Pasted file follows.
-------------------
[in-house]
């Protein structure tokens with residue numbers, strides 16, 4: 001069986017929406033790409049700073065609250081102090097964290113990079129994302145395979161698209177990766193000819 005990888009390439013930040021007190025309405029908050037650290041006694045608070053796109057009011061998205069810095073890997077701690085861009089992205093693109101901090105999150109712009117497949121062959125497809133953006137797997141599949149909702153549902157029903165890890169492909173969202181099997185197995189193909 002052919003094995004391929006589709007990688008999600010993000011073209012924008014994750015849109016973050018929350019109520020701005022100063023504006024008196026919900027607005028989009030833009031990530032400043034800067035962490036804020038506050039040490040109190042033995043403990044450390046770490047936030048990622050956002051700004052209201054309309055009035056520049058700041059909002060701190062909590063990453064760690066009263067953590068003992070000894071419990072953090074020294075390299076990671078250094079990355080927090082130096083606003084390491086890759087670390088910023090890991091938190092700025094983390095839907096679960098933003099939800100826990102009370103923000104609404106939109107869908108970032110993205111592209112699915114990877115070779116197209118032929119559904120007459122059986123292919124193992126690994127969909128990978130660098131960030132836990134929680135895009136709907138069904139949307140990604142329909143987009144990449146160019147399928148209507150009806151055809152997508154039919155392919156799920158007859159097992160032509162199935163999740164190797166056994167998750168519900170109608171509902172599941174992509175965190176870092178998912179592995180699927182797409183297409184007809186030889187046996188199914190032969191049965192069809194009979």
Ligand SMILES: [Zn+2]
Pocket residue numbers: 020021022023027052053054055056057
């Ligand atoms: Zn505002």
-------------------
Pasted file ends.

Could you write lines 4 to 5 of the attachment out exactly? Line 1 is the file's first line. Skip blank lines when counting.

Pocket residue numbers: 020021022023027052053054055056057
């Ligand atoms: Zn505002």